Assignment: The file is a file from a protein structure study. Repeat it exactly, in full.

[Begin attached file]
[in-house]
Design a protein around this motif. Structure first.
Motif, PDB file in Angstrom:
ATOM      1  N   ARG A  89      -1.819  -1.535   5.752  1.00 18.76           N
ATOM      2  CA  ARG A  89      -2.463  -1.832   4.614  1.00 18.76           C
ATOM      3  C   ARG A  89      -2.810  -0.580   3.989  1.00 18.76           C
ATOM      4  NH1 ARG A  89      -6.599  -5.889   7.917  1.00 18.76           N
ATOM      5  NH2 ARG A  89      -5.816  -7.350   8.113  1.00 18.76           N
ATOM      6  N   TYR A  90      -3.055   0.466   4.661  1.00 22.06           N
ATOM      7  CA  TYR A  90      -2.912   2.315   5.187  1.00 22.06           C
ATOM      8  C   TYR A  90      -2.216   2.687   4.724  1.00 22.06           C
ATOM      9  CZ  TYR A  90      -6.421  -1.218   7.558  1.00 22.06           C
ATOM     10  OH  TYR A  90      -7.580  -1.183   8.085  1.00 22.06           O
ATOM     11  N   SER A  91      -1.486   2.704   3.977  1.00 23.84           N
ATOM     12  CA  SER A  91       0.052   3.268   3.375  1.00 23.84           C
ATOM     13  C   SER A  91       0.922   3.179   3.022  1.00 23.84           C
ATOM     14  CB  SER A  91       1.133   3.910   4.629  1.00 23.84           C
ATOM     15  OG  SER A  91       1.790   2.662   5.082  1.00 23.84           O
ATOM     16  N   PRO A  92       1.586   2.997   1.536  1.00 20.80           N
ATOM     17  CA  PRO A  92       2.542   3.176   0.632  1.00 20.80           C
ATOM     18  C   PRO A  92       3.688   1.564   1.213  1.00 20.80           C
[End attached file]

[in-house]
Design a protein around this motif. Structure first.
Motif, PDB file in Angstrom:
ATOM      1  N   ARG A  89      -1.819  -1.535   5.752  1.00 18.76           N
ATOM      2  CA  ARG A  89      -2.463  -1.832   4.614  1.00 18.76           C
ATOM      3  C   ARG A  89      -2.810  -0.580   3.989  1.00 18.76           C
ATOM      4  NH1 ARG A  89      -6.599  -5.889   7.917  1.00 18.76           N
ATOM      5  NH2 ARG A  89      -5.816  -7.350   8.113  1.00 18.76           N
ATOM      6  N   TYR A  90      -3.055   0.466   4.661  1.00 22.06           N
ATOM      7  CA  TYR A  90      -2.912   2.315   5.187  1.00 22.06           C
ATOM      8  C   TYR A  90      -2.216   2.687   4.724  1.00 22.06           C
ATOM      9  CZ  TYR A  90      -6.421  -1.218   7.558  1.00 22.06           C
ATOM     10  OH  TYR A  90      -7.580  -1.183   8.085  1.00 22.06           O
ATOM     11  N   SER A  91      -1.486   2.704   3.977  1.00 23.84           N
ATOM     12  CA  SER A  91       0.052   3.268   3.375  1.00 23.84           C
ATOM     13  C   SER A  91       0.922   3.179   3.022  1.00 23.84           C
ATOM     14  CB  SER A  91       1.133   3.910   4.629  1.00 23.84           C
ATOM     15  OG  SER A  91       1.790   2.662   5.082  1.00 23.84           O
ATOM     16  N   PRO A  92       1.586   2.997   1.536  1.00 20.80           N
ATOM     17  CA  PRO A  92       2.542   3.176   0.632  1.00 20.80           C
ATOM     18  C   PRO A  92       3.688   1.564   1.213  1.00 20.80           C